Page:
We can now represent the words or the topics of a corpus

But, remember: World War I ≠ "World War I"

The entities in a corpus

Thus far we know the frequencies of all the words

But what are we interested in?

What do we need for the other W's?

  • Where - places
  • When - dates
  • Who - people

People in the corpus

Ter Braake & Fokkens - Fairly easy to discover famous people (with biographical dictionaries and Ngram viewers)

Ngrams help top-down: when you know who to search for

But how to discover who did not become famous, while prominent in their own time?

Need to find all people bottom-up by identifying all the names

Bottom-up proces

Ter Braake & Fokkens

  1. Identify all names in the corpus
  2. Give all names an identifier
  3. Disambiguate names referring to the same person
  4. Compare results with a non-digital corpus
  5. Visualize the results
  6. Interpret!

Identifying names

Combinations of words that start with a capital

This won't work for German

Their algorithm allows for two sequential lower case words: Johan van der Capellen

Note: built for recall, not precision

Recall & Precision

Recall: retrieve all relevant entities

Precision: do no retrieve irrelevant entities

For algorithms usually a choice what to optimize

  • Recall of people referred to with single name (Erasmus, Rembrandt) would lead to too much noise = lower precision


Spelling of names (especially before 19th century)

People with the same name

Nicknames and changing names

People with the same title

Context matters!

Named Entity Recognition

We want to identify the entities

We were on vacation in France in August 2015. I went to shop at the Intermarche. The area around Apt is really nice. Max also bought icecream, which cost €2.

We were on vacation in France in August 2015. I went to shop at the Intermarche. The area around Apt is really nice. Max also bought icecream, which cost €2.

Named Entities

Or we want to see:

We were on vacation in France in August 2015. I went to shop at the Intermarche. The area around Apt is really nice. Max also bought icecream, which cost €2.

  • People: Max
  • Places: France, Apt
  • Organizations: Intermarche
  • Dates: August 2015
  • Currencies: €2

Another look at our emails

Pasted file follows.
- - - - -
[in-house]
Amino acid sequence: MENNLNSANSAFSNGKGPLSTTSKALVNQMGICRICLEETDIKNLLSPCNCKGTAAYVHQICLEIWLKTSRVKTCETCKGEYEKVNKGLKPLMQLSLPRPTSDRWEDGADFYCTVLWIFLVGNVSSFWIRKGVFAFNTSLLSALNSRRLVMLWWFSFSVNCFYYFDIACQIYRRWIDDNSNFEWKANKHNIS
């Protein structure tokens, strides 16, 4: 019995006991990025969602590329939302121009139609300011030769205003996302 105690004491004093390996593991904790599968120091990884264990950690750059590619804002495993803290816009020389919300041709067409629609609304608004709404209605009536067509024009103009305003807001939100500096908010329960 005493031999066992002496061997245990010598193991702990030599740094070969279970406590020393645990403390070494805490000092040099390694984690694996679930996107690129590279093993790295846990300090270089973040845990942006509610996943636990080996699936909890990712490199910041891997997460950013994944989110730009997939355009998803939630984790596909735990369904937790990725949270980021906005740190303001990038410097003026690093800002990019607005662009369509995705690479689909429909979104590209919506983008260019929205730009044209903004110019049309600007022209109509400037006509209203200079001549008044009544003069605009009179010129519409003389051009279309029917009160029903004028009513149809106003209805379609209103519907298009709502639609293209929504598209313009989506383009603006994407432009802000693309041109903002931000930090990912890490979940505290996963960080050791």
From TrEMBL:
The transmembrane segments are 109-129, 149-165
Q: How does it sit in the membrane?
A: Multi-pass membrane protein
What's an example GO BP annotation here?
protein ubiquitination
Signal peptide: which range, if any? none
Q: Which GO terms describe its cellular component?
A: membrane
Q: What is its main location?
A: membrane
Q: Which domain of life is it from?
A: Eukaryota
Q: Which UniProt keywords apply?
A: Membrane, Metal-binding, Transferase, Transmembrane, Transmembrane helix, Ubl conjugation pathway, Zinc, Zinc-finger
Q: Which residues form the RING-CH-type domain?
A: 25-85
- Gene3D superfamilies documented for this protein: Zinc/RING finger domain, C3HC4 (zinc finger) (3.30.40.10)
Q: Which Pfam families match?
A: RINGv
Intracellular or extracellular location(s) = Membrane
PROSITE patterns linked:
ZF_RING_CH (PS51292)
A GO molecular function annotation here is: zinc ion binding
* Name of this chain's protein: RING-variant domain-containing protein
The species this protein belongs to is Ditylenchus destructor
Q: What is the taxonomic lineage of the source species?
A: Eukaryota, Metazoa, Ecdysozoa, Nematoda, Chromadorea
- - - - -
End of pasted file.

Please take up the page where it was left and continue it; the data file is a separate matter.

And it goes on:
For all 30k emails, we performed text normalisation and named entity recognition

Let's take a look at https://www.wikileaks.org/clinton-emails/emailid/8

Exercise 1: try to normalise the text

Exercise 2: try to discover the named entities: People, Places, Organisations


See Email8-normalised.txt in Moodle under "Emails"

unclassife, us, department, state, case, f--, doc, date, release, full, hrod, clintonemailcom, sent, friday, july, pm, sullivanjj, stategov, subject, re, pakistan, bomb, ok, go, original, message, sullivan, jacob, sullivanjj, stategov, sent, fri, jul, subject, pakistan, bomb, fyi, put, follow, statement, statement, secretary, clinton, bomb, shrine, sy, ali, hujviri, lahore, shock, sadden, yesterday, attack, one, pakistan, popular, place, worship, shrine, sy, ali, hujviri, data, ganjbakhsh, lahore, claime, live, many, innocent, pakistane, extremist, shown, respect, neither, human, dignity, fundamental, religious, value, pakistani, society, violact, sanctity, rever, shrine, particularly, sinister, attempt, destabilize, pakistan, intimidate, people, attacker, will, succeed, pakistani, public, refuse, cow, violence, condemn, brutal, crime, reaffirm, commitment, support, pakistani, people, effort, defend, democracy, violent, extremist, seek, destroy, thought, prayer, family, victim, people, pakistan

Named Entities

Try to do it by hand

NER tool: http://nlp.stanford.edu:8080/ner/

Ali Hujviri
U.S. Department of State Case No
Shrine of Syed Ali Hujviri

Visualise the email

Go to http://tagcrowd.com/

Compare with and without stopwords

Compare normal and normalised text


So, what's the email about? Do we get different perspectives?

Voyant Tools

Go to www.voyant-tools.org/

Use Mozilla Firefox, it doesn't work in Chrome (that's what went wrong during lecture)